Tirana, December 17, 2013/ Balkan Independent News Agency
A staff team from the International Monetary Fund (IMF) led by Nadeem Ilahi visited Tirana during December 3–17 to hold Article IV consultation discussions and to discuss the authorities’ request for an economic program.
The mission reached staff-level agreement with the authorities, subject to approval by IMF Management and the Executive Board, on an economic program that could be supported by a 36-month Extended Fund Facility (EFF) with the IMF.
Proposed access could total around EUR 300 million, about 450 percent of quota.
The mission met with Prime Minister Rama, Finance Minister Cani, Minister of Economic Development Ahmetaj, Bank of Albania Governor Fullani, other public officials, and representatives of the business community, civil society and international partners.
At the end of the visit Mr. Ilahi made the following statement:
“The economy is expected to show a modest recovery in 2014, but stagnating credit, troubled corporate balance sheets, weak external partners and declining remittances are expected to limit growth to near 2 percent.
“The authorities’ new economic program will seek to support economic recovery and sustained economic growth over the medium term through implementation of ambitious structural reforms while enhancing macroeconomic stability. In particular, the government seeks to reverse the upward trend in public debt and lay the ground for its sustained reduction and restore banks’ confidence in lending by reducing high nonperforming loans (NPLs).
“The 2014 budget is in line with an initial process of fiscal adjustment while being cognizant of the weak economy. A credible and ambitious adjustment effort will contribute toward reversing the upward trend in public debt. Relief measures for the vulnerable groups will be delivered through targeted budget spending. Fiscal consolidation would have to continue over the medium term, and measures will be needed in the remaining years of the program to bring public debt to a sustainable trajectory.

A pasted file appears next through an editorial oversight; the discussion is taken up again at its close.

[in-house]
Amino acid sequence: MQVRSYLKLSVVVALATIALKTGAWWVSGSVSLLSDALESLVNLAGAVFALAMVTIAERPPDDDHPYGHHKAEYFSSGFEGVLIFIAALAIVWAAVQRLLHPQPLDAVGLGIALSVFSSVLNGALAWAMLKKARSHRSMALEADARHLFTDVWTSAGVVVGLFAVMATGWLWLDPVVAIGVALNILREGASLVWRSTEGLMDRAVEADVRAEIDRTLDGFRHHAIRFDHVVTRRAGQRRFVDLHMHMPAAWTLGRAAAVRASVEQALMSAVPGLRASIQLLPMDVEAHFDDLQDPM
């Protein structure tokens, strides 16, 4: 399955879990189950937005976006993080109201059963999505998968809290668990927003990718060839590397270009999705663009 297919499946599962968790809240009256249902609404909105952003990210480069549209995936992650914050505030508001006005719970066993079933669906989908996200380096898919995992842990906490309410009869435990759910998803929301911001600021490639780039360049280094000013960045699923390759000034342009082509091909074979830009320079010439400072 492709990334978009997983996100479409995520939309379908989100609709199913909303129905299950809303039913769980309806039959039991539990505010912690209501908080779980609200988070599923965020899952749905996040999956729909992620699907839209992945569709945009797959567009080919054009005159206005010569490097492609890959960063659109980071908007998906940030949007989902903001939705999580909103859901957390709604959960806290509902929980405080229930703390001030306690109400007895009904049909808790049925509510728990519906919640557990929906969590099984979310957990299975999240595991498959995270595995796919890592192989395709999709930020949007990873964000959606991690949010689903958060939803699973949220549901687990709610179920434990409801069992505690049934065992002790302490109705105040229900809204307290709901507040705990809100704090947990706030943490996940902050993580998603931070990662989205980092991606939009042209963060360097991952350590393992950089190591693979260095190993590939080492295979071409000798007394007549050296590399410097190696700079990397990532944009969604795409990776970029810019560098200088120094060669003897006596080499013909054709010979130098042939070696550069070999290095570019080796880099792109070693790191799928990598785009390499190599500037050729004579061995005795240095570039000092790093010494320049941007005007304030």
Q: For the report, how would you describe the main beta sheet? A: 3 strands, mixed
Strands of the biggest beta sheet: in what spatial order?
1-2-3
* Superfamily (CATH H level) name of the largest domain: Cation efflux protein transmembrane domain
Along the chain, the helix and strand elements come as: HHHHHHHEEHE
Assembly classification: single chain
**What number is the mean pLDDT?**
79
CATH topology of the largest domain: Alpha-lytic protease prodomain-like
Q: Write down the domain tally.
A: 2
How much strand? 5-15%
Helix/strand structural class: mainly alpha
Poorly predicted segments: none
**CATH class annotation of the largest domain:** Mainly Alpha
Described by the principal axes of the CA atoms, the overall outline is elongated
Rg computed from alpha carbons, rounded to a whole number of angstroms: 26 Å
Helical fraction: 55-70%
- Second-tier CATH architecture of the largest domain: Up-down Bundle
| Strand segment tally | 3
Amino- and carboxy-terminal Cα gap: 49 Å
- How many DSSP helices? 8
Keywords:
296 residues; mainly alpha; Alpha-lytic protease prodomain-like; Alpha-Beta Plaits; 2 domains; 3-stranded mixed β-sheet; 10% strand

“The authorities’ fiscal effort is underpinned by adjustment measures, including tax and expenditure policies, revenue administration and public financial management reforms. Staff has advised on implementing measures that are non-distortive, broaden the tax base, and are compliant with international contractual obligations.
“The program envisages the clearance of the government’s arrears and unpaid bills. Doing so will strengthen private sector balance sheets, facilitate the resumption of credit growth by helping lower NPLs, and support domestic demand. The government is committed to implementing the arrears clearance process in an open and transparent manner. An external auditor will conduct risk-based audit of arrear payments.
“Monetary policy will continue to be supportive of economic recovery, consistent with the Bank of Albania’s (BoA) mandate of maintaining price stability. The BoA has been largely successful in anchoring inflation expectations. However, the transmission of monetary policy easing into faster credit growth remains hampered by increased risk aversion in the economy and high NPLs in the banking system.
“Albania’s financial system has weathered the crisis well. Bank capitalization and liquidity is in line with regulatory requirements. However, NPLs have risen sharply, largely as a result of the economic downturn and the accumulation of government arrears. The authorities are committed to implementing a number of additional reforms to reduce the size of NPLs. Moreover, they will implement reforms to further strengthen financial sector stability, based on the recommendations of the recent IMF Financial Sector Assessment Program mission.
“Lack of progress on structural reforms has constrained economic growth. An ambitious reform program is needed, focusing on the objective of attracting investment. The authorities are planning to take specific measures in the areas of improving property rights, reducing discretion in tax administration, and streamlining business registration procedures.
“The electricity sector and pension system pose risks to the fiscal outlook. The authorities plan to undertake comprehensive reforms over the medium term to make these sectors sustainable and bring them in line with best international practice. International partners, including the World Bank, are expected to provide assistance.”